Tales told by a spider lily

In the garden behind Baz Bahadur’s palace someone had laid out beds of spider lilies. I wondered whether this was anachronistic. The genus Hymenocallis comes from South America. This particular flower belongs to the species Hymenocallis caribaea, from the Caribbean islands. Could it have reached Mandu by 1555 CE, when Baz Bahadur became the sultan? Perhaps. After all many wonders from the new world reached the Mughal court by Akbar’s time. On the other hand, Mandu was a relative backwater, not the capital of a large and rich empire. Unless someone discovers a manuscript or painting from that era showing spider lilies, “perhaps” is the best answer we will have.

The spider lily tells a much older tale. The genus is most closely related to the Agapanthus, flowers which are called Lilies of the Nile. This is a misnomer, because these flowers originate from the west coast of Africa. How is it possible that a west-African genus is the closest relative to a Caribbean and eastern South American genus? The answer is in continental drift. 550 million years ago, Africa, South America, India, Mozambique and Australia drifted together to form the super-continent called Gondwana. The ancestors of these two kinds of flowers would have developed in the center of this continent. 130 million years ago, a rift created the south Atlantic ocean, separating the common ancestors of these flowers. Their descendants in the now separated continents of Africa and South America are now these two genuses.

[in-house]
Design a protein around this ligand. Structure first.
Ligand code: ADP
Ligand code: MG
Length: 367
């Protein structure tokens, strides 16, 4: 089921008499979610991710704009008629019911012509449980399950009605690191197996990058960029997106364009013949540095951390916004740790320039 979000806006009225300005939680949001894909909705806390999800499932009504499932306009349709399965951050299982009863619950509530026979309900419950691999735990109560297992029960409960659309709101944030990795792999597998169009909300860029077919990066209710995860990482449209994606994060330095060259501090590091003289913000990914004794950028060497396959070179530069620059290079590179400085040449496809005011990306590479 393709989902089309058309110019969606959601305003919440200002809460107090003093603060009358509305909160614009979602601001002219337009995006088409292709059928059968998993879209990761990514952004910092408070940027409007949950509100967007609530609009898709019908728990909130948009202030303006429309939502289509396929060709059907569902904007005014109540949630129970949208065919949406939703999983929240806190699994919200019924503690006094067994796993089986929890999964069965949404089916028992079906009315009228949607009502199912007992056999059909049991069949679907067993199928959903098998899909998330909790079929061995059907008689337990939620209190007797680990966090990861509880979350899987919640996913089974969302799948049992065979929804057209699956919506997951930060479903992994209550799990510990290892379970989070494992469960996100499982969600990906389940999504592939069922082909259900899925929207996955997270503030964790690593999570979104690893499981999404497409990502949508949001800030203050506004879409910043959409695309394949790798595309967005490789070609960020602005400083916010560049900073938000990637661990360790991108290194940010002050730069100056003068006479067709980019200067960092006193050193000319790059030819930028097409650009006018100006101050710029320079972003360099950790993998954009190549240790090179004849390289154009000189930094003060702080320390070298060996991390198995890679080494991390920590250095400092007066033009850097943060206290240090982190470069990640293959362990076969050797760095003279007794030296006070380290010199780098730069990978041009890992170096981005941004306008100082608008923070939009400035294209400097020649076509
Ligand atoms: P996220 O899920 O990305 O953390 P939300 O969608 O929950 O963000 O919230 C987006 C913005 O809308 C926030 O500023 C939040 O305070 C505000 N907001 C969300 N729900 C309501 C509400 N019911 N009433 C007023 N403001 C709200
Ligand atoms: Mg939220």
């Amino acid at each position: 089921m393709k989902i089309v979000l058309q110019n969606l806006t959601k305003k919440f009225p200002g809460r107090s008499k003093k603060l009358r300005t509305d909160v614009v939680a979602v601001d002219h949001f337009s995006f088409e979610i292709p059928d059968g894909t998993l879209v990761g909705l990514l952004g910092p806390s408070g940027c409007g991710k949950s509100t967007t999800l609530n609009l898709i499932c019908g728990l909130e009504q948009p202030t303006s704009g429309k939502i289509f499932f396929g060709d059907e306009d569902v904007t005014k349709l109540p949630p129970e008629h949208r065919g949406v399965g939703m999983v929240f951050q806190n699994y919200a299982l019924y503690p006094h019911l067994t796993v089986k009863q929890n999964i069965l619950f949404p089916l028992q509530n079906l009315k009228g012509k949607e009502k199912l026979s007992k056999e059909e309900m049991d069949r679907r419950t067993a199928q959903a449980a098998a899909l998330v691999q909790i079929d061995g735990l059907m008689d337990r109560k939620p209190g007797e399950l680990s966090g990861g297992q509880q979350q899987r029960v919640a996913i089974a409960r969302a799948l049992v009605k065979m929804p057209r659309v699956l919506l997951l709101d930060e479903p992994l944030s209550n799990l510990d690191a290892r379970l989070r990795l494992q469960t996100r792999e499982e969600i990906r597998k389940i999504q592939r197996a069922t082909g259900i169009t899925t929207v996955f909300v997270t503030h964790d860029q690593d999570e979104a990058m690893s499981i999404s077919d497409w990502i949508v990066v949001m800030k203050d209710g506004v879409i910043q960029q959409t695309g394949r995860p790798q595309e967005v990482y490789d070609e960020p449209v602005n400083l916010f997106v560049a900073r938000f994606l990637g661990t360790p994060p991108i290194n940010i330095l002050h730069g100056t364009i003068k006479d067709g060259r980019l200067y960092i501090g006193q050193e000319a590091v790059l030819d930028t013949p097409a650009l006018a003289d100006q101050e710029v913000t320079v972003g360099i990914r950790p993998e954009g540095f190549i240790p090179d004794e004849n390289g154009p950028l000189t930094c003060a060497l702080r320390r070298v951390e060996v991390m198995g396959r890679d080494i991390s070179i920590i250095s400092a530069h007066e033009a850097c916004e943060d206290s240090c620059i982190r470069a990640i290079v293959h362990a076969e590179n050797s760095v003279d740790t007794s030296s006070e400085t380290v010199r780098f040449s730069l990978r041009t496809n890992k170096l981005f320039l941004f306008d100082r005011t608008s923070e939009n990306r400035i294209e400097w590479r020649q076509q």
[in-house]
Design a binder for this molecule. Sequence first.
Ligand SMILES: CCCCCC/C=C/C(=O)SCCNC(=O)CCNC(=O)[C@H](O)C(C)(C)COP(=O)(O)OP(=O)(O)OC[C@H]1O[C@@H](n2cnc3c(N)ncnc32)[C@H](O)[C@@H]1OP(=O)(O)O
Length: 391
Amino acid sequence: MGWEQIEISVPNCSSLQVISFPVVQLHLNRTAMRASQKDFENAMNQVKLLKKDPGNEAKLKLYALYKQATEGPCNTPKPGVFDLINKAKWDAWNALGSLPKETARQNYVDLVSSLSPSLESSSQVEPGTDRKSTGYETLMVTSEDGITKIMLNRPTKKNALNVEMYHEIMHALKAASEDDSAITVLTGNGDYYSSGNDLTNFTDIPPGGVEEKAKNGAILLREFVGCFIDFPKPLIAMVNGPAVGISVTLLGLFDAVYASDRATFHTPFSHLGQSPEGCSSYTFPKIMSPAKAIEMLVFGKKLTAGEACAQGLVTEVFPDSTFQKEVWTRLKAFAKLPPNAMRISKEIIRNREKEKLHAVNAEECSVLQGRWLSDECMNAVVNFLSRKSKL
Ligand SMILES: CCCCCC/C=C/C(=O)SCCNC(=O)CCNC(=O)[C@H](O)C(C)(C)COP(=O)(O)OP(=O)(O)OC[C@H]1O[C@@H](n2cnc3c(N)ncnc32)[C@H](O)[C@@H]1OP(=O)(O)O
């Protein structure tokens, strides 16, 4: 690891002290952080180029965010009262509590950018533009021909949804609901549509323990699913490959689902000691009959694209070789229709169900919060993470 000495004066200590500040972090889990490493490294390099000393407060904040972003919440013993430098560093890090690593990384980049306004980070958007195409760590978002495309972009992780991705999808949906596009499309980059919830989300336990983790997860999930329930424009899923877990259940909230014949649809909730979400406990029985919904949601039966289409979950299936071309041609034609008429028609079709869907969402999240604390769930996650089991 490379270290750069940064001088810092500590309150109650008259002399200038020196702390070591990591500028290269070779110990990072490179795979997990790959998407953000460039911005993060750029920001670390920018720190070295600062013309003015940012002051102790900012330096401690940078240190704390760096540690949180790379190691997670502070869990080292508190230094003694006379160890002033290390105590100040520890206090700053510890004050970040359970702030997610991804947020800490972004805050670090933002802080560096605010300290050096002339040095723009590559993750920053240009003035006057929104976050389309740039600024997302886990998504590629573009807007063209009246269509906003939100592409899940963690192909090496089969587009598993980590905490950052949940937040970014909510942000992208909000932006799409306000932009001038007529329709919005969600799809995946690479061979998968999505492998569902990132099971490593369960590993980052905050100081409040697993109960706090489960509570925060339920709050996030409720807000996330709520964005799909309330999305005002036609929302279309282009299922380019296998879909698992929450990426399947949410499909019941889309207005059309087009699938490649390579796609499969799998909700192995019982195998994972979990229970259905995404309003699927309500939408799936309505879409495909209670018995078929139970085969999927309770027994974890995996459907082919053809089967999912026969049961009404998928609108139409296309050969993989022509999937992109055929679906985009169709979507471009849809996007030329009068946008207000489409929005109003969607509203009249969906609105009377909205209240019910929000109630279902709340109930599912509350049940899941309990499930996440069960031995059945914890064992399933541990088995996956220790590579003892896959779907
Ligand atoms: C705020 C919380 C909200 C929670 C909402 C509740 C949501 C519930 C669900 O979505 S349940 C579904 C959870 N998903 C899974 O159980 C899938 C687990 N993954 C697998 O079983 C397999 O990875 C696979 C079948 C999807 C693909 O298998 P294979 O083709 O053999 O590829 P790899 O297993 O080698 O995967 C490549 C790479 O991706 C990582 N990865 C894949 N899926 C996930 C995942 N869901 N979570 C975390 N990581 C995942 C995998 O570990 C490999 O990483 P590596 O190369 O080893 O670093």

A macro that I took of a flower eight years ago is a reminder of the deep history of the earth.